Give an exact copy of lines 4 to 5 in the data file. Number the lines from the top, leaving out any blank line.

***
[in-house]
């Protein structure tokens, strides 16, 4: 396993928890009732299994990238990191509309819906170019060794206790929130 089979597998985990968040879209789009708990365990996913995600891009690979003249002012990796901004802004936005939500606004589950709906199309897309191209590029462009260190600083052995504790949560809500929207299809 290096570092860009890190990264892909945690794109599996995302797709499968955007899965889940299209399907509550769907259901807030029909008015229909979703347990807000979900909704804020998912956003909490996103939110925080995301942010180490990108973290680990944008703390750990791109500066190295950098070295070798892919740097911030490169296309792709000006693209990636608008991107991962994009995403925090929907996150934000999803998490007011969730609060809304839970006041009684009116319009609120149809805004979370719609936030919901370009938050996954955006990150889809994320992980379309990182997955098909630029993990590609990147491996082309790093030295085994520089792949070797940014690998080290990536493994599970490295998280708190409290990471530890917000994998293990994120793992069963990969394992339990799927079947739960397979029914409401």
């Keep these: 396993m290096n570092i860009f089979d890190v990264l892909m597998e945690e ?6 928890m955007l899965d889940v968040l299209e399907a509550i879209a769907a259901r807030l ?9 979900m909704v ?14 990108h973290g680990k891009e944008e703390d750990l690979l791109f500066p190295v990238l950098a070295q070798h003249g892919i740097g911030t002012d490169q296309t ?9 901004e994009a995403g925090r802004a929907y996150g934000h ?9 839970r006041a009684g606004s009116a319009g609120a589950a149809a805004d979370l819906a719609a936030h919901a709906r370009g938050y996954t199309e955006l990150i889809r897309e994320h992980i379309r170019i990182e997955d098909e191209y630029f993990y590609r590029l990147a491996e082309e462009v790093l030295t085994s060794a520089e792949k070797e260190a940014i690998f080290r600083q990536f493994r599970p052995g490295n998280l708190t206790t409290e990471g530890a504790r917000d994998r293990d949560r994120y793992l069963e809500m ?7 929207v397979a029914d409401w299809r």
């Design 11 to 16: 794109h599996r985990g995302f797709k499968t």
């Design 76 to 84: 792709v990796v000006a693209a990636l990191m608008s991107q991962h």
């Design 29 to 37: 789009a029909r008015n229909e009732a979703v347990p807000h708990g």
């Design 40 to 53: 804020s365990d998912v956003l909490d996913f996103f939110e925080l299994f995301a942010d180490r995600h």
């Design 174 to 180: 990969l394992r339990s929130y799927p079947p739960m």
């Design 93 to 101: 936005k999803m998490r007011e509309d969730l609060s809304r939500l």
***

């Design 11 to 16: 794109h599996r985990g995302f797709k499968t």
């Design 76 to 84: 792709v990796v000006a693209a990636l990191m608008s991107q991962h």